Home / Daily / Industry sinks to $428 million loss as floods take a toll
26 May 2022
The general insurance industry slumped to a $428 million net loss in the first three months of the year, as the February/March floods drove up gross incurred claims, Australian Prudential Regulation Authority (APRA) statistics released today show.
The industry made about $100 million in net profit in the prior December quarter.
APRA says gross incurred claims “were significantly higher” in the March quarter, rising 47.6% to $15.4 billion from the October-December period and the gross loss ratio worsened sharply to 99% from 61%.
A 4.7% decline in gross earned premium to $14.9 billion also took a toll on March earnings.
Weaker investment results made another dent, with the industry booking a $1.6 billion investment loss during the quarter, worse than the $300 million deficit recorded in the December quarter.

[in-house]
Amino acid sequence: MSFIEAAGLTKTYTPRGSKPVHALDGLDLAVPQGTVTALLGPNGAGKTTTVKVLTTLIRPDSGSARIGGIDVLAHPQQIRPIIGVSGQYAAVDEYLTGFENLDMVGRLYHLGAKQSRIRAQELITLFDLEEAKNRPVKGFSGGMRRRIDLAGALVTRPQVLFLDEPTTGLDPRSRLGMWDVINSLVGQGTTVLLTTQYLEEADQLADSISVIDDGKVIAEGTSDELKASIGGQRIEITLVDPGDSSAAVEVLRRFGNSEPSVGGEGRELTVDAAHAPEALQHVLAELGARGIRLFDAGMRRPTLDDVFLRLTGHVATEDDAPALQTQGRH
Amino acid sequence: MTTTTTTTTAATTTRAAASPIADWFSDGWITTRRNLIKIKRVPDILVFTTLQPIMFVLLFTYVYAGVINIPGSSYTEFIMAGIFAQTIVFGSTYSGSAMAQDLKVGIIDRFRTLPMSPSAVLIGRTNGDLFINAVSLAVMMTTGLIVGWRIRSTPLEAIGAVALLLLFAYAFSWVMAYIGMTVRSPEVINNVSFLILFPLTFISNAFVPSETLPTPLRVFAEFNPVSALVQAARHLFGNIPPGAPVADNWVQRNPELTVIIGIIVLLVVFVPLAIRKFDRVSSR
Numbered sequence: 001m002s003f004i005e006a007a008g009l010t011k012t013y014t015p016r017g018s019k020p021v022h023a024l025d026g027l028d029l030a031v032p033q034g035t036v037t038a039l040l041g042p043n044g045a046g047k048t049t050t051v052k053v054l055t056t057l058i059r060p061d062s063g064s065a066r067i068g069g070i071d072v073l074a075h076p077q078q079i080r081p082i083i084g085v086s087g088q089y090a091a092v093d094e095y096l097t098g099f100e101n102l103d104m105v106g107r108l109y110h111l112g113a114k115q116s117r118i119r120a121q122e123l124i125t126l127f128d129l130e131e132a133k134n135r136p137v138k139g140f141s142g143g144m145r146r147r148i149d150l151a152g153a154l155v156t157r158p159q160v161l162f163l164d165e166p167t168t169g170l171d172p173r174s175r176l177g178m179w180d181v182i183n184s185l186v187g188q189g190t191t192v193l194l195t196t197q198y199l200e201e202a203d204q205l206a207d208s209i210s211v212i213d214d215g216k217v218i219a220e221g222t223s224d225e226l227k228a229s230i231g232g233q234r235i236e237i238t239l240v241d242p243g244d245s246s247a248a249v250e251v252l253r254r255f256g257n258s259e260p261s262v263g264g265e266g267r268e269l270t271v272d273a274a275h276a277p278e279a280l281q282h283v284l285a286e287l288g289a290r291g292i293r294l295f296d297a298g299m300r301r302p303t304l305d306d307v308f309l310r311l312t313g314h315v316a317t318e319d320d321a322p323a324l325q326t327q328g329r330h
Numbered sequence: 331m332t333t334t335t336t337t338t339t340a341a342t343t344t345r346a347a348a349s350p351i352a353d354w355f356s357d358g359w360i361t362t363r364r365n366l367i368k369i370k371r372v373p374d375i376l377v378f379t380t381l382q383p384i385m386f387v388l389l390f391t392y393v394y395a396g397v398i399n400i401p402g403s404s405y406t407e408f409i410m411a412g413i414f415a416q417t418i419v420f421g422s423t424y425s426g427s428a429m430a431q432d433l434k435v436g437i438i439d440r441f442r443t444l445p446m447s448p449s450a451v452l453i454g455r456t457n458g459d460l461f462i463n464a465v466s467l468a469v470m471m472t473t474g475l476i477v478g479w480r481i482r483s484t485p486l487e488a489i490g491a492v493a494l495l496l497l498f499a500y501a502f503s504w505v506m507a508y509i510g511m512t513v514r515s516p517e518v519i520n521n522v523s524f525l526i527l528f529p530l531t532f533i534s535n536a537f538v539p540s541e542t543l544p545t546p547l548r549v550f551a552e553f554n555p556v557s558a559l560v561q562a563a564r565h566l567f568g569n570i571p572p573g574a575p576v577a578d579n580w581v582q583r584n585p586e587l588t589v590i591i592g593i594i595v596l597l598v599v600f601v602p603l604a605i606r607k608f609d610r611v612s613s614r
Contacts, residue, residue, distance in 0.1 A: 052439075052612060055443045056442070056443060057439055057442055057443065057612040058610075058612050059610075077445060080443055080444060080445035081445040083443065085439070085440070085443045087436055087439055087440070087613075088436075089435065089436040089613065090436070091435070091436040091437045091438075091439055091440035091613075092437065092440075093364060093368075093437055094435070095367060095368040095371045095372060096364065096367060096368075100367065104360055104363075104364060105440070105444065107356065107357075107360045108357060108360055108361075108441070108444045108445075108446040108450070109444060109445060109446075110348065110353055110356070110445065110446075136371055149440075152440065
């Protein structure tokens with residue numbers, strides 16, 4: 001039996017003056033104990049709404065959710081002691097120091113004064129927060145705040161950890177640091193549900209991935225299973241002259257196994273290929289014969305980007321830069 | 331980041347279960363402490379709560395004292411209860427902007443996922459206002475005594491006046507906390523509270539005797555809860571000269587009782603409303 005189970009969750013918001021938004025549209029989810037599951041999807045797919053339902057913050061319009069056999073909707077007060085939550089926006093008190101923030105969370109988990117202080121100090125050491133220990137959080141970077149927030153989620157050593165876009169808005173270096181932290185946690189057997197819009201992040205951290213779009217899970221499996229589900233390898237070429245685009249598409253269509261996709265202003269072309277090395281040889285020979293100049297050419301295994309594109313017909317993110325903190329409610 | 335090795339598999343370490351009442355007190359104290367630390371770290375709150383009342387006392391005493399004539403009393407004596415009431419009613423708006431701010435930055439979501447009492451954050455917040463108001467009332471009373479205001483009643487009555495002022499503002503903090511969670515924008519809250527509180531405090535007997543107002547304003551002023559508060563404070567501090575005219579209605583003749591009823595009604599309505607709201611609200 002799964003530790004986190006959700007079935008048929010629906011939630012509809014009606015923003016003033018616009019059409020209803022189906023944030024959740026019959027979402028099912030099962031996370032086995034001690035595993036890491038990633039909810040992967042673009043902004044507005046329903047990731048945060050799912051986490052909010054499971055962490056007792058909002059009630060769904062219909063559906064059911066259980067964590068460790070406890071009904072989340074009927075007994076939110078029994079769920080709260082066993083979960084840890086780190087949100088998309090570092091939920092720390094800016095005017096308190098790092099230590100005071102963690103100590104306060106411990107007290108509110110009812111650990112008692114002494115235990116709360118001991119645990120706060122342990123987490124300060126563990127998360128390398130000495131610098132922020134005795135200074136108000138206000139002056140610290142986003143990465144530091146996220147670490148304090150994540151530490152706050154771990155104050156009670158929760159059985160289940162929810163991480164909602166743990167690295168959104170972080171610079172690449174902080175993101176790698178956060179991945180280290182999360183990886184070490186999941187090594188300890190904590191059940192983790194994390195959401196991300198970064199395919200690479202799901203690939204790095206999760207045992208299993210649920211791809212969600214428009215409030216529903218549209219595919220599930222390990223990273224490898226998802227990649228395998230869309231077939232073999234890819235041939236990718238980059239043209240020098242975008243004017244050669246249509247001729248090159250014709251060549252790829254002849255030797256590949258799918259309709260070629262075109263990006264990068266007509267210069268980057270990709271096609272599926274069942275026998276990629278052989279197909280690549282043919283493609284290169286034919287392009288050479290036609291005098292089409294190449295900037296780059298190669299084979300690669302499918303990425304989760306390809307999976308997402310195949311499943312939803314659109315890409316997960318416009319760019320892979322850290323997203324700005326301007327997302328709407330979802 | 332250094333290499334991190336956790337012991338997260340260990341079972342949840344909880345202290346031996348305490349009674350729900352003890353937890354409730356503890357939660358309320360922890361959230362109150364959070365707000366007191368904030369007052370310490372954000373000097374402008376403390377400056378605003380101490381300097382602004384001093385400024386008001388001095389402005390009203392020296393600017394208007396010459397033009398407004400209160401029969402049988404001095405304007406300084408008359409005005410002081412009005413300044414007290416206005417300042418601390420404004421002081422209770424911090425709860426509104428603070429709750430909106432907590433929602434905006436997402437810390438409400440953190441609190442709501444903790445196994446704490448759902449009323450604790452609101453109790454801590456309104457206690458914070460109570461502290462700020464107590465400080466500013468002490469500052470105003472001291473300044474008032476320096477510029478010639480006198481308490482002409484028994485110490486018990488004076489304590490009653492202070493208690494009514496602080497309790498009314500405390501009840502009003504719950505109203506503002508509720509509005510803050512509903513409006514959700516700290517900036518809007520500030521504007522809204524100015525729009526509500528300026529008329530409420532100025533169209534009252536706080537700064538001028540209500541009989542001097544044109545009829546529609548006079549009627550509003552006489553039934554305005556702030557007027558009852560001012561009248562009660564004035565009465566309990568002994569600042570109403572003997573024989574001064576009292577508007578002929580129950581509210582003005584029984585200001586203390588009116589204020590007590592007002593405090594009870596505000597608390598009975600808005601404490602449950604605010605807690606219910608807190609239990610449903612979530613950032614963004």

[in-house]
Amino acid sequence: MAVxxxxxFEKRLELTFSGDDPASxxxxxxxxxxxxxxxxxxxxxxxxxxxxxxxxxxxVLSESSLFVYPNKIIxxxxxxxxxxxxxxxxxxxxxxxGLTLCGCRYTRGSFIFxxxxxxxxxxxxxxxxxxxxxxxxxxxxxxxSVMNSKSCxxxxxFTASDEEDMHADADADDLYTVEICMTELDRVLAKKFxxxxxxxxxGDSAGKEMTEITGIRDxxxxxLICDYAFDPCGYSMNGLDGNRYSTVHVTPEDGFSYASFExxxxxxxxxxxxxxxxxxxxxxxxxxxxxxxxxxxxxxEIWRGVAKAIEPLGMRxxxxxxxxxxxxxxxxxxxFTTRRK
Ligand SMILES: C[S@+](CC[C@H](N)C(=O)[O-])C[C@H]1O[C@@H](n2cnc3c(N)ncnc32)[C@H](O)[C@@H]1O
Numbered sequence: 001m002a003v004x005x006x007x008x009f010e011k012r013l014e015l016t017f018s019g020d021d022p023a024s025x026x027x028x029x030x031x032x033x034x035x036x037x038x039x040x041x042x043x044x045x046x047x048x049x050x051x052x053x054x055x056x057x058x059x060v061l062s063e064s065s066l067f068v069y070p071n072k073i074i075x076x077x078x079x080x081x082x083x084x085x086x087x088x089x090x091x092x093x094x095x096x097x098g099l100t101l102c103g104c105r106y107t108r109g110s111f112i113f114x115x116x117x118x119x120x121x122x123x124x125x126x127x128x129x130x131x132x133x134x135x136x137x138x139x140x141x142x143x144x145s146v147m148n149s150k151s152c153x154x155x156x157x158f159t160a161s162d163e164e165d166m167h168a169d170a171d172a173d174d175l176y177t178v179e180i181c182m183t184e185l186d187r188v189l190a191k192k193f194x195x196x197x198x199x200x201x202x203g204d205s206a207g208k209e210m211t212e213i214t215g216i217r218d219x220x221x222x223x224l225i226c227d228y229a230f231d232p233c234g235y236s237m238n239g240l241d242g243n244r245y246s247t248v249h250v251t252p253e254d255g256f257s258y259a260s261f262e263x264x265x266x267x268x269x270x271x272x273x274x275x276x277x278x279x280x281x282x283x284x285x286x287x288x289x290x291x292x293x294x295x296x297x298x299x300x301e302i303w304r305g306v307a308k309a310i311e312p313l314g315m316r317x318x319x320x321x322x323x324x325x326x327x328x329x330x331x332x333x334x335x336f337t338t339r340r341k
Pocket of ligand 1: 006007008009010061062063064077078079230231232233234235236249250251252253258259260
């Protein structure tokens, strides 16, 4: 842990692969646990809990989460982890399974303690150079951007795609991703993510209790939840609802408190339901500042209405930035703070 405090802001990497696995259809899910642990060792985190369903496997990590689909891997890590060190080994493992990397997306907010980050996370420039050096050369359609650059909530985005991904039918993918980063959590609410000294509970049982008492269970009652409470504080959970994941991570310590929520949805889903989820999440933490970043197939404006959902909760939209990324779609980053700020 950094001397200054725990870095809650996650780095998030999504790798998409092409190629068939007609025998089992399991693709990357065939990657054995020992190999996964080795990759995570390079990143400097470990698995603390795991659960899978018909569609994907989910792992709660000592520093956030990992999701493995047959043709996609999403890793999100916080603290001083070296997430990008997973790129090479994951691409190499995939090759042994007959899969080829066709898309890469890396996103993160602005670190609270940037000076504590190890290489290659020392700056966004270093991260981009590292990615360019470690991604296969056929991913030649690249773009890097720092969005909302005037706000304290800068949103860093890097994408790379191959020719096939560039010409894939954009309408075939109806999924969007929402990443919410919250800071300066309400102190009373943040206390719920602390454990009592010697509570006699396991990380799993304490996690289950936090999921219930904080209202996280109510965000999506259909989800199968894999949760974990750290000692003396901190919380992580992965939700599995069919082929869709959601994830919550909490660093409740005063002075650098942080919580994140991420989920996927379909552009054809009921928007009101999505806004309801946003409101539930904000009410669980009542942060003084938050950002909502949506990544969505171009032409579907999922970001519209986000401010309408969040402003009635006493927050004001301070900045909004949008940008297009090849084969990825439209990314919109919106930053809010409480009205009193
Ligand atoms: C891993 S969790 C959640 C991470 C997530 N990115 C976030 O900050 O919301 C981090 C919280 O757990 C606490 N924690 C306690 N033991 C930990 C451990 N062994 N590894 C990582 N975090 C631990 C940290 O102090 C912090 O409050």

APRA says the “large investment loss” was driven by a rise in bond yields during the quarter, resulting in unrealised losses on interest bearing investments.
The February/March event is now the country’s most costly flood catastrophe – eclipsing the 2011 Brisbane floods – with insured losses in excess of $3.35 billion, according to Insurance Council of Australia data.
The industry performed better on a yearly basis, with net profit up an annual 16.7% to $1.3 billion for the 12 months to March, the APRA data shows.
APRA says the results reflected stronger underwriting earnings, which more than doubled to $4.7 billion from $1.6 billion.
The regulator says insurers reported increases in gross earned premium in most classes of business, the result of moves by the industry to adjust rates upwards.
Gross earned premium increased 11% to $58.9 billion during the year. APRA says householders, domestic motor, fire and industrial special risks, public and product liability and professional indemnity lines saw “larger increases” in rates.
At the same time gross incurred claims also went up, by 7.3% to $44.6 billion, during the year mainly because of the February/March floods.
“As a result, large increases in gross incurred claims costs were recorded in the householders and reinsurance classes of business,” APRA says.
The regulator says domestic and commercial motor claims costs also increased, in part reflecting higher levels of motor vehicle usage in the current year when compared to the prior year.